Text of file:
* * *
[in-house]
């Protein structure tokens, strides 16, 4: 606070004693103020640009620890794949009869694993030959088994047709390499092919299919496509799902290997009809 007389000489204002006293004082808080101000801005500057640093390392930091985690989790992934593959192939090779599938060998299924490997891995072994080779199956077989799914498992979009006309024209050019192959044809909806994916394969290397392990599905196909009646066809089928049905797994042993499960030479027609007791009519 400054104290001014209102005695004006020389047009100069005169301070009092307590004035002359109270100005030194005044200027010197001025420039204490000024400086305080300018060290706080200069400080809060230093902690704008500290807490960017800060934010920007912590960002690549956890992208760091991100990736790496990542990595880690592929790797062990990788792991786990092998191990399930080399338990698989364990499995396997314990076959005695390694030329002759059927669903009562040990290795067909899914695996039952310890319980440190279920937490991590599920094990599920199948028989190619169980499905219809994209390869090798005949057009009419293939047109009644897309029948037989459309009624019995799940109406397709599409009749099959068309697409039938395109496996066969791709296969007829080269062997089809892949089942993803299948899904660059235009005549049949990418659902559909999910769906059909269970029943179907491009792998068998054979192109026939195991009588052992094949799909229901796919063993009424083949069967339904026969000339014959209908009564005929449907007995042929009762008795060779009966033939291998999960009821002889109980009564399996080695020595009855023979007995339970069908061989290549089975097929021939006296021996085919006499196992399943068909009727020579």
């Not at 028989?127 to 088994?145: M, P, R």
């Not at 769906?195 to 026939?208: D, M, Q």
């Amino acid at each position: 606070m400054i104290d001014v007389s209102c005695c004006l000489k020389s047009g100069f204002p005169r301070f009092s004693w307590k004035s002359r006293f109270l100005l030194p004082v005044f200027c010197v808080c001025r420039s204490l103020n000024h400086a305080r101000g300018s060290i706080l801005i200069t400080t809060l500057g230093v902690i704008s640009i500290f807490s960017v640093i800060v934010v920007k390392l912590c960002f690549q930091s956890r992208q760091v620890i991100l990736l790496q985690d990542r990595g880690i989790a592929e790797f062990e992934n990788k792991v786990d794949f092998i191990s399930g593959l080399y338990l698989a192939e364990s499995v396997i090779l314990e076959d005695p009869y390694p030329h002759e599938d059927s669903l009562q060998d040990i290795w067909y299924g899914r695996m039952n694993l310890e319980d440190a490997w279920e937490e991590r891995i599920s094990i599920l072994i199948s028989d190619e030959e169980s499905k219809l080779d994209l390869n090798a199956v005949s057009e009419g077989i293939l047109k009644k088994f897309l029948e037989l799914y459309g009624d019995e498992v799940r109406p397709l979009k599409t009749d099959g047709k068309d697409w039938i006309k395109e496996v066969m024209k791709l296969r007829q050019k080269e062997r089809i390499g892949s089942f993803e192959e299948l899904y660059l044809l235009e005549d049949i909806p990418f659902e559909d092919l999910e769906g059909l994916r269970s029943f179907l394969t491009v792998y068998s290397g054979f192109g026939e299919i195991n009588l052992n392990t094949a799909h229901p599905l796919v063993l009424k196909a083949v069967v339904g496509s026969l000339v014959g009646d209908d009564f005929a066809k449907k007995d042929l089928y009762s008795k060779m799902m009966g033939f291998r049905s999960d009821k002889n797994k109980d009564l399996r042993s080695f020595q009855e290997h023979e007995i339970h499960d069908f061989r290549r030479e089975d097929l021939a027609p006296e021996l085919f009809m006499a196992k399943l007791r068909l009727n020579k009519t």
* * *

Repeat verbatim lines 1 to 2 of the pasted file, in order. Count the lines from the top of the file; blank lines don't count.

[in-house]
């Protein structure tokens, strides 16, 4: 606070004693103020640009620890794949009869694993030959088994047709390499092919299919496509799902290997009809 007389000489204002006293004082808080101000801005500057640093390392930091985690989790992934593959192939090779599938060998299924490997891995072994080779199956077989799914498992979009006309024209050019192959044809909806994916394969290397392990599905196909009646066809089928049905797994042993499960030479027609007791009519 400054104290001014209102005695004006020389047009100069005169301070009092307590004035002359109270100005030194005044200027010197001025420039204490000024400086305080300018060290706080200069400080809060230093902690704008500290807490960017800060934010920007912590960002690549956890992208760091991100990736790496990542990595880690592929790797062990990788792991786990092998191990399930080399338990698989364990499995396997314990076959005695390694030329002759059927669903009562040990290795067909899914695996039952310890319980440190279920937490991590599920094990599920199948028989190619169980499905219809994209390869090798005949057009009419293939047109009644897309029948037989459309009624019995799940109406397709599409009749099959068309697409039938395109496996066969791709296969007829080269062997089809892949089942993803299948899904660059235009005549049949990418659902559909999910769906059909269970029943179907491009792998068998054979192109026939195991009588052992094949799909229901796919063993009424083949069967339904026969000339014959209908009564005929449907007995042929009762008795060779009966033939291998999960009821002889109980009564399996080695020595009855023979007995339970069908061989290549089975097929021939006296021996085919006499196992399943068909009727020579």